While Microsoft has not made any decision about pricing and whether Windows Virtual Server will ship as a stand-alone product, be provided as a free add-on or embedded into the Windows server kernel, it has decided that the software that runs inside the virtual server will be licensed in exactly the same way as in the physical machine world. "Say a customer creates two virtual machines, which each run Windows Server 2003. They will need two server licenses, and whatever applications they are running within those virtual machines must be licensed the same way as if they were running on physical hardware. If they are running multiple copies, theyll pay for multiple licenses," Pizzirani said.Microsoft is also hoping that Windows Virtual Server will drive demand for Windows Server 2003, particularly from NT 4 customers. "NT 4 is outdated technology with certain limitations in terms of scalability and reliability," Pizzirani said. "So people have very good reasons to move, and hardware manufacturers are also coming out with hardware that no longer supports NT 4. People are aware that at some point they will have to move off NT 4. "But migrating applications is a difficult thing as it requires significant testing on the new platform, upgrading to a new version and the like. We are trying to make this transition easier for them," he said. Microsoft customers are largely interested in the Virtual Server solution to save on the cost and complexity of upgrading the application software more than anything else, with the hardware also being a big concern, he said. Microsoft is also looking at a code refresh, or beta, later in the summer, and it is likely that this will still be made available to all interested parties. The Windows Virtual Server developer team is hoping for a product release before the end of the calendar year, Pizzirani said. Latest Microsoft News:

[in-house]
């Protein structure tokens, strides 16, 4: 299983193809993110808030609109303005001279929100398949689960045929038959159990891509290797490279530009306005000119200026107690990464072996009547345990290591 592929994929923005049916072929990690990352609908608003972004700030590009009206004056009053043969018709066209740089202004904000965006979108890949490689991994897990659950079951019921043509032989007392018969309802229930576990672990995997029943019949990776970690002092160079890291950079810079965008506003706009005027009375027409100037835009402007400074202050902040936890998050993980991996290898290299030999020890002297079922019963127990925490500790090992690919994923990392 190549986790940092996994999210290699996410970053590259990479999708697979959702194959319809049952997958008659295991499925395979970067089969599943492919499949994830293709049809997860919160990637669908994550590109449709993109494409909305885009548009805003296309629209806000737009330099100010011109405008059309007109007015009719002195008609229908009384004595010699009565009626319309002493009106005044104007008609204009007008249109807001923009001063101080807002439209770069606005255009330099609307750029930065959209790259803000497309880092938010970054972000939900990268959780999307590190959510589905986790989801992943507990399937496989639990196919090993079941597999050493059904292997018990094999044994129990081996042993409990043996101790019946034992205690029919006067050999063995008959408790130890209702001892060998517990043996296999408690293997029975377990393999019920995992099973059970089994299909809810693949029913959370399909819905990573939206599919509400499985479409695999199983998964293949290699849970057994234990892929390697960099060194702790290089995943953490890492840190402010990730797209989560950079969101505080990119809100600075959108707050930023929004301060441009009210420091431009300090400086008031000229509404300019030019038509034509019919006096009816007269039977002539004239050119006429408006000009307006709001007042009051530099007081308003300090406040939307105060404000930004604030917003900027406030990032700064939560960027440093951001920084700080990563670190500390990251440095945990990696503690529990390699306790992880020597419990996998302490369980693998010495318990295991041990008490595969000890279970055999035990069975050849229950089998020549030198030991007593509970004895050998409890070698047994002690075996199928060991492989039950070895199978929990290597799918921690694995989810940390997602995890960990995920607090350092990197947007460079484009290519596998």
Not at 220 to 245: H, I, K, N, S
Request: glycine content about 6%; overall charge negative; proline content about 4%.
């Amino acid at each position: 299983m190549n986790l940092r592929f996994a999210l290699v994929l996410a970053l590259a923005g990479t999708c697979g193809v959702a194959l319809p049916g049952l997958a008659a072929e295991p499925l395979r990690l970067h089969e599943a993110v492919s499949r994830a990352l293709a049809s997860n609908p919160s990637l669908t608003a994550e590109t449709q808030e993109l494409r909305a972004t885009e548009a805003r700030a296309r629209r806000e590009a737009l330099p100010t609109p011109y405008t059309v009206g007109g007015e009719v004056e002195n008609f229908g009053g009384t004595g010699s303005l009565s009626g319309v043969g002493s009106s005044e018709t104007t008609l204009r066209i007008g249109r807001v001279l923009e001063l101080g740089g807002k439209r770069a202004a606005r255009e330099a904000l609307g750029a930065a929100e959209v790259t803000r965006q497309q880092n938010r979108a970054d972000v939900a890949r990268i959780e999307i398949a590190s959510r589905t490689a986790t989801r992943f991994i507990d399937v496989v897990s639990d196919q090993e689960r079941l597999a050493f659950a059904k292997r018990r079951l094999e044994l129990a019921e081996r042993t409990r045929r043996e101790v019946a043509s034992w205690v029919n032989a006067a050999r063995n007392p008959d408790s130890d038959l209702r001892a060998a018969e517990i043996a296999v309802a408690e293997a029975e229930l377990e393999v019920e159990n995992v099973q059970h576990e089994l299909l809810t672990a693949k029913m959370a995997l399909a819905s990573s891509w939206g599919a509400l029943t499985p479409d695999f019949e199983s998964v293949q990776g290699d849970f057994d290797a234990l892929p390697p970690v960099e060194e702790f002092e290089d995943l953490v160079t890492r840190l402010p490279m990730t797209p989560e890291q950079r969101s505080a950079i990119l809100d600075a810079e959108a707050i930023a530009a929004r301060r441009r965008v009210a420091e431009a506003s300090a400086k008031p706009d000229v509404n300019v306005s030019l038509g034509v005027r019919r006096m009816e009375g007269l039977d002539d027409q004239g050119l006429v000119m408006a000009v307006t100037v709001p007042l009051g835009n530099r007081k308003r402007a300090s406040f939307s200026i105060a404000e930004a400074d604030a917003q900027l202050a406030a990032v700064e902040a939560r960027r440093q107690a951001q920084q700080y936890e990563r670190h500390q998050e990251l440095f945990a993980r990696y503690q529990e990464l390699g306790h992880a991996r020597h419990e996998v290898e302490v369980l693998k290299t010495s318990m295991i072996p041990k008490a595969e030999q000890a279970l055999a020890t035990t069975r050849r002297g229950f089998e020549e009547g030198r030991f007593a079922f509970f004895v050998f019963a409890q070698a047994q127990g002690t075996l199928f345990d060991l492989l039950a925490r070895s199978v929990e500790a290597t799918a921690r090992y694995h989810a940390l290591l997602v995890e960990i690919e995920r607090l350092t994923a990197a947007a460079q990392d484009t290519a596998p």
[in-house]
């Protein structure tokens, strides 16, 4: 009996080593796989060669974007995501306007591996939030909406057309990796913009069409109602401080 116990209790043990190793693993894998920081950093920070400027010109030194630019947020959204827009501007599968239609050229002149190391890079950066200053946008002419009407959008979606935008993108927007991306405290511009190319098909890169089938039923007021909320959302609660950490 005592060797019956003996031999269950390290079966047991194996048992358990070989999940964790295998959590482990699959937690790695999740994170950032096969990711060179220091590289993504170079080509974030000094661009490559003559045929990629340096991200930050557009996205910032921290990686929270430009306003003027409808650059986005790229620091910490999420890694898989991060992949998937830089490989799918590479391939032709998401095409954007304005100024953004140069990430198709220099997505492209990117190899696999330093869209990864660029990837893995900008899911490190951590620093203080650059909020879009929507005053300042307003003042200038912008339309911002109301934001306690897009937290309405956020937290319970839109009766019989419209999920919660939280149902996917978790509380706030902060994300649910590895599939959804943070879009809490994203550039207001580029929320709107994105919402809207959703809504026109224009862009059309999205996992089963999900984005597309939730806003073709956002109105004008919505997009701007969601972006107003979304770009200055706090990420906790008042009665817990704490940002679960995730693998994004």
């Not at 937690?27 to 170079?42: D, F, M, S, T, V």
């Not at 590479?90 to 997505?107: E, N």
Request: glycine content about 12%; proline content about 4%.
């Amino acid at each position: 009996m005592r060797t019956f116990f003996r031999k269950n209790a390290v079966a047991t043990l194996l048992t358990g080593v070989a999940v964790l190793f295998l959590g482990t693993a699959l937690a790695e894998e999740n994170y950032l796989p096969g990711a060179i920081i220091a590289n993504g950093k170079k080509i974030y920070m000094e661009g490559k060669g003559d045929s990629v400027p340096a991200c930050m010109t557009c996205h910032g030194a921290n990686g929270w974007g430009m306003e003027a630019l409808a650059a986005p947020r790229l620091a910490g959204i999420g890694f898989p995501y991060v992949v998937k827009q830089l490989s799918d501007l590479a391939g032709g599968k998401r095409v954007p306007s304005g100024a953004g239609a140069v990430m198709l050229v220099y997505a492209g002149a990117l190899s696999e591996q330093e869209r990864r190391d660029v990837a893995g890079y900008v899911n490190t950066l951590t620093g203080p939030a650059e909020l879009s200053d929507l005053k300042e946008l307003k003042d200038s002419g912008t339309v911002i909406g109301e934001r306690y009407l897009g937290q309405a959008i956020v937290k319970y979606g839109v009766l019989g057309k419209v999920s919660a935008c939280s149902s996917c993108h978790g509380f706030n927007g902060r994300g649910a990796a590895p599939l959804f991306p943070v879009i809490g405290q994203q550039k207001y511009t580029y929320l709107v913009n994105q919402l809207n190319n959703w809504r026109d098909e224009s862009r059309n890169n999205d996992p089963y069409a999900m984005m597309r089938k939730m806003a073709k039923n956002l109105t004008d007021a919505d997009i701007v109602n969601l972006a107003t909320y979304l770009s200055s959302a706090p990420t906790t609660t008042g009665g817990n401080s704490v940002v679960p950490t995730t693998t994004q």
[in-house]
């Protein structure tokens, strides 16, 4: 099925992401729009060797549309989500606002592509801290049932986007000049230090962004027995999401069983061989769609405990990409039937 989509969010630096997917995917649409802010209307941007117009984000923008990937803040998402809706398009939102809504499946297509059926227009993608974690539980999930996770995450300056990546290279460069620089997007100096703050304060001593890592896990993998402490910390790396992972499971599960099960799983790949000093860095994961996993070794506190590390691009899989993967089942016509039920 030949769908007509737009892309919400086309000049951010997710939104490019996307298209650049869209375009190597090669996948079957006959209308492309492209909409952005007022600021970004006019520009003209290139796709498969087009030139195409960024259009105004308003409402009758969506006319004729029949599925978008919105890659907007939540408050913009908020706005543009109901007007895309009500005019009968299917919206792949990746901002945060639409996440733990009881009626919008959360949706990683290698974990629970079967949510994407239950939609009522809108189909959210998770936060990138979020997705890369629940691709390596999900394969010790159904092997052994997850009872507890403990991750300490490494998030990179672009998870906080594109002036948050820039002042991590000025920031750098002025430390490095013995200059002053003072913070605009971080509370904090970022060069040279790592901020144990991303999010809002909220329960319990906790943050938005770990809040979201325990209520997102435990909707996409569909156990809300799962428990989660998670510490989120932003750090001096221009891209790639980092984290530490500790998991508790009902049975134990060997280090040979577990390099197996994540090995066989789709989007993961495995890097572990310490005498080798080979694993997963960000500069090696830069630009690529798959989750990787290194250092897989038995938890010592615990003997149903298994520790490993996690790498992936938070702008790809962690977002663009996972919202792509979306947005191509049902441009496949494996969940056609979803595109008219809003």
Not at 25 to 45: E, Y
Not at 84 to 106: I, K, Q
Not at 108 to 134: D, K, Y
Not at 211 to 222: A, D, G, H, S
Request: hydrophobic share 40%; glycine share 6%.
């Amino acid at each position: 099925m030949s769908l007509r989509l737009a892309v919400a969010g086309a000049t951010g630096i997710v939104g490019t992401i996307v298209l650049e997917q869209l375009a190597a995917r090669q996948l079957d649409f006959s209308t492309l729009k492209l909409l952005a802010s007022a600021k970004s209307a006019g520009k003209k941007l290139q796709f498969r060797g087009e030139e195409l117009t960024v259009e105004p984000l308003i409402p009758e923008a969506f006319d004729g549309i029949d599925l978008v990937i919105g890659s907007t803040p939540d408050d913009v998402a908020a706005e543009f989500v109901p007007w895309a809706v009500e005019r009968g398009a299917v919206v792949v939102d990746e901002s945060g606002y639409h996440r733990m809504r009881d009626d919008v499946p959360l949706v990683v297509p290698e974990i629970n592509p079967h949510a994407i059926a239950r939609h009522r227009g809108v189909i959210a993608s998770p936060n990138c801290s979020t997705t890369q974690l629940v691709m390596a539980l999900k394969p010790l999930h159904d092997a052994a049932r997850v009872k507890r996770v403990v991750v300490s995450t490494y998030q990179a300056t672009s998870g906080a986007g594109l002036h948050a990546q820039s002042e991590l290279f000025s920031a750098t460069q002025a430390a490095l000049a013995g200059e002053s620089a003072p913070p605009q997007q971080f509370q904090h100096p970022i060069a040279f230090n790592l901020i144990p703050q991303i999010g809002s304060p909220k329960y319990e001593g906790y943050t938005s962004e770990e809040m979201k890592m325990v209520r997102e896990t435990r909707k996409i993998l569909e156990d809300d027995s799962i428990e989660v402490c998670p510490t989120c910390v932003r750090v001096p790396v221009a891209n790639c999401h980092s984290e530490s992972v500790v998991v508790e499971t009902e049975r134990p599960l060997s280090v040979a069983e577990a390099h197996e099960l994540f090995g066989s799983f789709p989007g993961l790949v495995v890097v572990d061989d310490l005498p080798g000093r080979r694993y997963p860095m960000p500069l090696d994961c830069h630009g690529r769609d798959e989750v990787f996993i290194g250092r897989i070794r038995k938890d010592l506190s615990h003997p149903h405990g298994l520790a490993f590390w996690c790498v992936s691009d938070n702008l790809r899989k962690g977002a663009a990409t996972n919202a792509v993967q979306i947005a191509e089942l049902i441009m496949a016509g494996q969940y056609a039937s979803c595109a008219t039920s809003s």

This is not expected to have a large impact on customers, as the primary scenarios for the virtual technology is NT 4 legacy application migration and server consolidation.